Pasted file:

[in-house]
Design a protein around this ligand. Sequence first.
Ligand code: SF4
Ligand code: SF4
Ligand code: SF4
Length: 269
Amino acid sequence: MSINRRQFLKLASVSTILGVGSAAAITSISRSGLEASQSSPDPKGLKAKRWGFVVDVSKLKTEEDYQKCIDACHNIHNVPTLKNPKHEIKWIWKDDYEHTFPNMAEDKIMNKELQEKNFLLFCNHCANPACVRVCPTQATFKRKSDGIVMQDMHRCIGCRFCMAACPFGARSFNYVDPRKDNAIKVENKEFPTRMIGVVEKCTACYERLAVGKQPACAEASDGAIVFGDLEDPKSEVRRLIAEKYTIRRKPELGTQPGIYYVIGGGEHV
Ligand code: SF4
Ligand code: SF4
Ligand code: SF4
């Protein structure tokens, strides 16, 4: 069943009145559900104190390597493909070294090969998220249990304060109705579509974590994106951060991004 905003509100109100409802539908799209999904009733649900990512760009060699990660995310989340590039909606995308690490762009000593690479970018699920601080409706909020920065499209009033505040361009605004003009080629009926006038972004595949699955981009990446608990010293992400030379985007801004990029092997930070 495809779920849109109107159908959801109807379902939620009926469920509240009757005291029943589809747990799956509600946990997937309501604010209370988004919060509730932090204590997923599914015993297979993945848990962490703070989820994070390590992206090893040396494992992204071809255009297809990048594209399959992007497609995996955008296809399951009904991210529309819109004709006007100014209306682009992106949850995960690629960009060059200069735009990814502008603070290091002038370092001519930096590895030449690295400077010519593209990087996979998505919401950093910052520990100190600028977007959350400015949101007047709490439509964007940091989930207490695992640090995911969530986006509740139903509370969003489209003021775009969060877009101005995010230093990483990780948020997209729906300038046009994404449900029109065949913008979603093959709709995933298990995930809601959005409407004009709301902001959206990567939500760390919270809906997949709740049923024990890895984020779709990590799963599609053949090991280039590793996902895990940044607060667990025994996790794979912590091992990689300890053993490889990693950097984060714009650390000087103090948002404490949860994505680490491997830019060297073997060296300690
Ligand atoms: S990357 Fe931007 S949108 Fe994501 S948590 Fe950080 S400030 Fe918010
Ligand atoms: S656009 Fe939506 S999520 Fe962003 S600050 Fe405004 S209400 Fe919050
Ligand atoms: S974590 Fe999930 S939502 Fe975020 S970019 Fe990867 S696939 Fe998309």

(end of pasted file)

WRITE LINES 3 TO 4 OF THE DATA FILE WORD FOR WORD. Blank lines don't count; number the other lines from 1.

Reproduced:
Ligand code: SF4
Ligand code: SF4